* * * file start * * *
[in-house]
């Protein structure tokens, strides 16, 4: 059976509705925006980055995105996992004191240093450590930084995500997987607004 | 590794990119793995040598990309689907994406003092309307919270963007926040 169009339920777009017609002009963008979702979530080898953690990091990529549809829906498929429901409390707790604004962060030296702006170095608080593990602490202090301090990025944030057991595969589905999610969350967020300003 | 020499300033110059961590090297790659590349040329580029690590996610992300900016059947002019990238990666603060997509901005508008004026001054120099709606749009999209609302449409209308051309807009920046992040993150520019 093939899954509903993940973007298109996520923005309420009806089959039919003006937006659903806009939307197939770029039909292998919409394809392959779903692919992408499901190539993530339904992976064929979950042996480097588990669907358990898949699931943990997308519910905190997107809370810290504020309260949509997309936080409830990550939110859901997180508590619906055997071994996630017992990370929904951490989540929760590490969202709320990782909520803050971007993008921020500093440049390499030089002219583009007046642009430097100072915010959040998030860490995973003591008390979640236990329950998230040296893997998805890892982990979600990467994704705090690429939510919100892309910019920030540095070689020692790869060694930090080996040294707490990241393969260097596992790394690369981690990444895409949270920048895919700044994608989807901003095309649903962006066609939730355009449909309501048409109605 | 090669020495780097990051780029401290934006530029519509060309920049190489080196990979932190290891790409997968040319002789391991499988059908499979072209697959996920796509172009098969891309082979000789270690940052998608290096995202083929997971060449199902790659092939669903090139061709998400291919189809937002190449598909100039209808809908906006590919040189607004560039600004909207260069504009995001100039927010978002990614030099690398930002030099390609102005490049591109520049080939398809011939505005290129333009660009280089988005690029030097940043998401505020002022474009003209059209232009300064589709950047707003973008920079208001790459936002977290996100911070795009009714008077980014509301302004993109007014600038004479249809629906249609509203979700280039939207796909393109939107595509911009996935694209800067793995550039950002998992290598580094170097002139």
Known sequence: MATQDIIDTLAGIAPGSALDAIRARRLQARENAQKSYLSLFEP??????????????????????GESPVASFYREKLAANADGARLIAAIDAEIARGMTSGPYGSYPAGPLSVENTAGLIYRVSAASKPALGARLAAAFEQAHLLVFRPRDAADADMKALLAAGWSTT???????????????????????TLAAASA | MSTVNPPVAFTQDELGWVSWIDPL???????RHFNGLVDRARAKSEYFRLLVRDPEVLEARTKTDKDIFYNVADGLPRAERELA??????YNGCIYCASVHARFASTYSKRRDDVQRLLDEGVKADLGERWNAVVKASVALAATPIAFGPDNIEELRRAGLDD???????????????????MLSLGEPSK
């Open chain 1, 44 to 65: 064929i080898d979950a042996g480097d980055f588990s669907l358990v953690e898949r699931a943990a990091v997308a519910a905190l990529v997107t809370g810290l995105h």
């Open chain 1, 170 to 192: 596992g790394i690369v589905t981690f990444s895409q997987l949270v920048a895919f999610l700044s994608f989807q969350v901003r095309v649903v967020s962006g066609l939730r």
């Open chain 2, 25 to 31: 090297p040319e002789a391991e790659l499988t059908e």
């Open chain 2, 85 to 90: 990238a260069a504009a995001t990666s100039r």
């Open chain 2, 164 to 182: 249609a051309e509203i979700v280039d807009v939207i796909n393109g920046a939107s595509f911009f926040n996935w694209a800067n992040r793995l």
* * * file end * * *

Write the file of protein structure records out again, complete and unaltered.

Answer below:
[in-house]
């Protein structure tokens, strides 16, 4: 059976509705925006980055995105996992004191240093450590930084995500997987607004 | 590794990119793995040598990309689907994406003092309307919270963007926040 169009339920777009017609002009963008979702979530080898953690990091990529549809829906498929429901409390707790604004962060030296702006170095608080593990602490202090301090990025944030057991595969589905999610969350967020300003 | 020499300033110059961590090297790659590349040329580029690590996610992300900016059947002019990238990666603060997509901005508008004026001054120099709606749009999209609302449409209308051309807009920046992040993150520019 093939899954509903993940973007298109996520923005309420009806089959039919003006937006659903806009939307197939770029039909292998919409394809392959779903692919992408499901190539993530339904992976064929979950042996480097588990669907358990898949699931943990997308519910905190997107809370810290504020309260949509997309936080409830990550939110859901997180508590619906055997071994996630017992990370929904951490989540929760590490969202709320990782909520803050971007993008921020500093440049390499030089002219583009007046642009430097100072915010959040998030860490995973003591008390979640236990329950998230040296893997998805890892982990979600990467994704705090690429939510919100892309910019920030540095070689020692790869060694930090080996040294707490990241393969260097596992790394690369981690990444895409949270920048895919700044994608989807901003095309649903962006066609939730355009449909309501048409109605 | 090669020495780097990051780029401290934006530029519509060309920049190489080196990979932190290891790409997968040319002789391991499988059908499979072209697959996920796509172009098969891309082979000789270690940052998608290096995202083929997971060449199902790659092939669903090139061709998400291919189809937002190449598909100039209808809908906006590919040189607004560039600004909207260069504009995001100039927010978002990614030099690398930002030099390609102005490049591109520049080939398809011939505005290129333009660009280089988005690029030097940043998401505020002022474009003209059209232009300064589709950047707003973008920079208001790459936002977290996100911070795009009714008077980014509301302004993109007014600038004479249809629906249609509203979700280039939207796909393109939107595509911009996935694209800067793995550039950002998992290598580094170097002139």
Known sequence: MATQDIIDTLAGIAPGSALDAIRARRLQARENAQKSYLSLFEP??????????????????????GESPVASFYREKLAANADGARLIAAIDAEIARGMTSGPYGSYPAGPLSVENTAGLIYRVSAASKPALGARLAAAFEQAHLLVFRPRDAADADMKALLAAGWSTT???????????????????????TLAAASA | MSTVNPPVAFTQDELGWVSWIDPL???????RHFNGLVDRARAKSEYFRLLVRDPEVLEARTKTDKDIFYNVADGLPRAERELA??????YNGCIYCASVHARFASTYSKRRDDVQRLLDEGVKADLGERWNAVVKASVALAATPIAFGPDNIEELRRAGLDD???????????????????MLSLGEPSK
């Open chain 1, 44 to 65: 064929i080898d979950a042996g480097d980055f588990s669907l358990v953690e898949r699931a943990a990091v997308a519910a905190l990529v997107t809370g810290l995105h």
């Open chain 1, 170 to 192: 596992g790394i690369v589905t981690f990444s895409q997987l949270v920048a895919f999610l700044s994608f989807q969350v901003r095309v649903v967020s962006g066609l939730r």
């Open chain 2, 25 to 31: 090297p040319e002789a391991e790659l499988t059908e």
């Open chain 2, 85 to 90: 990238a260069a504009a995001t990666s100039r």
């Open chain 2, 164 to 182: 249609a051309e509203i979700v280039d807009v939207i796909n393109g920046a939107s595509f911009f926040n996935w694209a800067n992040r793995l």